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D.C. Asks Judge To Stay Handgun Ruling, Says Time Needed To Craft Response

Due to Saturday's ruling, it is currently legal to carry a registered handgun outside the home.
Keith Lafaille: http://www.flickr.com/photos/klafaille/6218726857/
Due to Saturday's ruling, it is currently legal to carry a registered handgun outside the home.

D.C. Attorney General Irv Nathan today asked for a stay of a weekend ruling that tossed out the city's ban on carrying guns outside the home and prohibited police from enforcing it.

In the request filed this afternoon, Nathan asked that the ruling be stayed immediately so that the city could file an appeal. Alternatively, he asked for a stay of no less than 180 days "to enable the Council of the District of Columbia to obtain public input and enact a compliant licensing mechanism." At a bare minimum, he pleaded for a 90-day stay, which he said the plaintiffs in the case do not oppose.

The ruling, issued on Saturday by U.S. District Court Judge Frederick Scullin, caught city officials by surprise. It found in favor of four plaintiffs who since 2009 had sought to carry handguns outside their homes, and forbade police from enforcing the ban on residents and non-residents alike. D.C. Police Chief Cathy Lanier quickly ordered officers to comply with the ruling, meaning that anyone with a registered gun would be able to carry it outside their home.

In his request, Nathan hinted that Scullin had overstepped in knocking down the ban. "Neither the Supreme Court nor the D.C. Circuit has determined whether or not the Second Amendment extends beyond the home," he wrote. Nathan also called the ruling's prohibition on enforcing the ban "overbroad," saying that it could include weapons above and beyond handguns.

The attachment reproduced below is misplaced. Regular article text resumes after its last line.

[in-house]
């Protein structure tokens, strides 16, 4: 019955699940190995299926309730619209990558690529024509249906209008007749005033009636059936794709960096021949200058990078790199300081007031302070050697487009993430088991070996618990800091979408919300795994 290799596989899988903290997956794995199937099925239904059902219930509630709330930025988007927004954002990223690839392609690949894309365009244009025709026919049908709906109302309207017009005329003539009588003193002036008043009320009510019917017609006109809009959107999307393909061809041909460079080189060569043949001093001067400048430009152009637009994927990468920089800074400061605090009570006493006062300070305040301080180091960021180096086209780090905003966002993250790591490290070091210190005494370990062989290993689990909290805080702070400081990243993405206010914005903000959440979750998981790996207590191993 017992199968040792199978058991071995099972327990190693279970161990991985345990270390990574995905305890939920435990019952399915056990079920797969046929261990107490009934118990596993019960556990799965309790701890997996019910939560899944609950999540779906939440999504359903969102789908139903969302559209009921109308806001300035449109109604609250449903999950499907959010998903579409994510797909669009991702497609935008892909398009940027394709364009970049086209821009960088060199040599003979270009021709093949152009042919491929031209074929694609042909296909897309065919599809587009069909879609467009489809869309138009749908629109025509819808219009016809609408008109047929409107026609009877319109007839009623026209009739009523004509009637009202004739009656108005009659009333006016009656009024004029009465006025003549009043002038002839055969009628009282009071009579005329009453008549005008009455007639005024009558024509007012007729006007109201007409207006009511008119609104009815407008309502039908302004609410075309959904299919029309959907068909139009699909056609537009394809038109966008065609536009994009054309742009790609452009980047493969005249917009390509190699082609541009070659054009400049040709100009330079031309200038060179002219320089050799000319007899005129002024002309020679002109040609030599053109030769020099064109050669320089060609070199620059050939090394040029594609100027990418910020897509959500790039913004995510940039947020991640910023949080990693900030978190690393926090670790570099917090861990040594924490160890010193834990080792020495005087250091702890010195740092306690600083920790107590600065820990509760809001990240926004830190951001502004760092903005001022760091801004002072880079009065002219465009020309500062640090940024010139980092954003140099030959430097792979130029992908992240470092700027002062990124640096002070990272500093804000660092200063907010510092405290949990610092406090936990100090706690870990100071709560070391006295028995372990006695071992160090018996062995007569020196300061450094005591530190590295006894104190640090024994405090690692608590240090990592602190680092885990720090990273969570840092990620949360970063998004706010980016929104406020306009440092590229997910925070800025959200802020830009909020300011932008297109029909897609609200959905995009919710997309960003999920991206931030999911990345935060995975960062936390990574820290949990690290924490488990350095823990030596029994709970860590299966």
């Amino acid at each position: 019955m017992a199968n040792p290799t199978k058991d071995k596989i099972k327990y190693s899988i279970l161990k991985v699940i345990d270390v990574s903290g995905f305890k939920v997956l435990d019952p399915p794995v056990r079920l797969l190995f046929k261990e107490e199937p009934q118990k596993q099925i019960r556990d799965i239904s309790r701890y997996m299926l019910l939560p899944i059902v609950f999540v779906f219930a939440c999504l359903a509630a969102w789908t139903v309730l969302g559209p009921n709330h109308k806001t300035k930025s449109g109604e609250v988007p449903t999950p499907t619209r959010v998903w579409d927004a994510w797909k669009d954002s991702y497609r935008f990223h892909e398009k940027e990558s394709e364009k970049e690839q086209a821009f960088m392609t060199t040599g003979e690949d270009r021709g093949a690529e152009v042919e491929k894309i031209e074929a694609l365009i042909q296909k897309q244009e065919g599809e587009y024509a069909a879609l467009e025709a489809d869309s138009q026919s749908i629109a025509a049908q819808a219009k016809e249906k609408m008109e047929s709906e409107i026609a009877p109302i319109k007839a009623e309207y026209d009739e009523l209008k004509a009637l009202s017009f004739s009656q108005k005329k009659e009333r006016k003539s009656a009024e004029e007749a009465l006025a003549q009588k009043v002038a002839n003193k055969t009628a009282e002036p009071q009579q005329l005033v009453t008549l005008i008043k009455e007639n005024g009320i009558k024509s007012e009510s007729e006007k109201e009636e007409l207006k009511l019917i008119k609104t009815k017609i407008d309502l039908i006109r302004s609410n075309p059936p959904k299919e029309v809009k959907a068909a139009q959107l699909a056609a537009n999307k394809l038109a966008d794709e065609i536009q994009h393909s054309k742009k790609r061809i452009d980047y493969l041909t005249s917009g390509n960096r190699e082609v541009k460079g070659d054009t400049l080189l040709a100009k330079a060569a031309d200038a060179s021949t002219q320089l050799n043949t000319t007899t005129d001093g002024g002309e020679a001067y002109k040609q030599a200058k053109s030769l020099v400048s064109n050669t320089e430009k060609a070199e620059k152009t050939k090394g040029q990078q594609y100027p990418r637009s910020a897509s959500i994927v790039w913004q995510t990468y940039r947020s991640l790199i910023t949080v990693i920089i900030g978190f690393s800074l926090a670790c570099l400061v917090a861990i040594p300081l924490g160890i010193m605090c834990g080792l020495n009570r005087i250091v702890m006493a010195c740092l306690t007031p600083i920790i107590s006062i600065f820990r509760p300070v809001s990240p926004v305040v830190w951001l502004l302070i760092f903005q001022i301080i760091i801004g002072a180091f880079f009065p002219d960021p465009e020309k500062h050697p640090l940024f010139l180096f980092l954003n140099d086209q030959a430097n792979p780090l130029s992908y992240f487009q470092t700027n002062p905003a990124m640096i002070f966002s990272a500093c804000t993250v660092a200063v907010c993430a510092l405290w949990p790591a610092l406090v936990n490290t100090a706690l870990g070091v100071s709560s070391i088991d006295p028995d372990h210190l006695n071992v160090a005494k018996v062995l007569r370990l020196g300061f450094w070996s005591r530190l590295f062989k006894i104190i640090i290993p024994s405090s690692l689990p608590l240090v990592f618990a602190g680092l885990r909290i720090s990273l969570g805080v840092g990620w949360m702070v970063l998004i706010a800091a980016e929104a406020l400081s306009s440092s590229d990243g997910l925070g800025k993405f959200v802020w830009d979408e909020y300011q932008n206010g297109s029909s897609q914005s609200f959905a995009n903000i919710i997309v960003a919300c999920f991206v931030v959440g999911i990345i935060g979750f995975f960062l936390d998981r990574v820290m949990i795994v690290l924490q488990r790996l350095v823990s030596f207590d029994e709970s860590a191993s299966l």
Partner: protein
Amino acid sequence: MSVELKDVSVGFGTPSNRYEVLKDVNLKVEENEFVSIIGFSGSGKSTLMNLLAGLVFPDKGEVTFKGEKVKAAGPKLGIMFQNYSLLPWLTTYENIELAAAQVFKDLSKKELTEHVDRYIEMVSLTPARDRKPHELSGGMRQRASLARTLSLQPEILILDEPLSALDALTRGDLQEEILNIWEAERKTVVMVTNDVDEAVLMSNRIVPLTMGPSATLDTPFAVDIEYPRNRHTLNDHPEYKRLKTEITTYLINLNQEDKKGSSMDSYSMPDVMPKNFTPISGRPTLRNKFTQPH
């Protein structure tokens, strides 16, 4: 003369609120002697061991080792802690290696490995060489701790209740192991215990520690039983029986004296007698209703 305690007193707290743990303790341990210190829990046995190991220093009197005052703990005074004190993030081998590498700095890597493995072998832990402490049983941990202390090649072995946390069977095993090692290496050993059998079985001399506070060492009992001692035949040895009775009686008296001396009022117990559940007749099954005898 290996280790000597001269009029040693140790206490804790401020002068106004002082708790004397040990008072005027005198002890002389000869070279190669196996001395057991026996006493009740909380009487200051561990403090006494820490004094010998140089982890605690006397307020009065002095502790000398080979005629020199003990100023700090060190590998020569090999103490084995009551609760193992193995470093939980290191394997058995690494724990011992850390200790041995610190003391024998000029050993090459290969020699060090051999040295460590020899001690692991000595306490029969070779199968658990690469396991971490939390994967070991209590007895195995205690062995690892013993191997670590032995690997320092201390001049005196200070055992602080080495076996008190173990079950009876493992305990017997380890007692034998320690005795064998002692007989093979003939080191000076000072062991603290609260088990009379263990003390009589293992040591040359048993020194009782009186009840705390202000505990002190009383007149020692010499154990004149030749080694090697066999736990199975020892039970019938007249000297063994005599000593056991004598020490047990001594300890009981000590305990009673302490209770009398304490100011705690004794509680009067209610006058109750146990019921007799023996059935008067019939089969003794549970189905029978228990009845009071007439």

Most importantly, he argued, a stay would allow the D.C. Council — which is on recess until September 15 — to craft a proper legislative response to the ruling.

"The District has had a ban on public carrying in place for decades, and some time is needed to fashion an appropriate response to the Court’s Order, taking into account the current state of the law, public safety, and the manifold other interests at stake in such an important piece of legislation," wrote Nathan.

In 2008, the Supreme Court ruled that the city's blanket ban on handguns was unconstitutional. In May, a federal judge found that the regulations crafted by the D.C. Council in the wake of the decision — which include registration requirements and bans on certain weapons — were constitutional.

Palmer DC Partial Unopposed Motion to Stay

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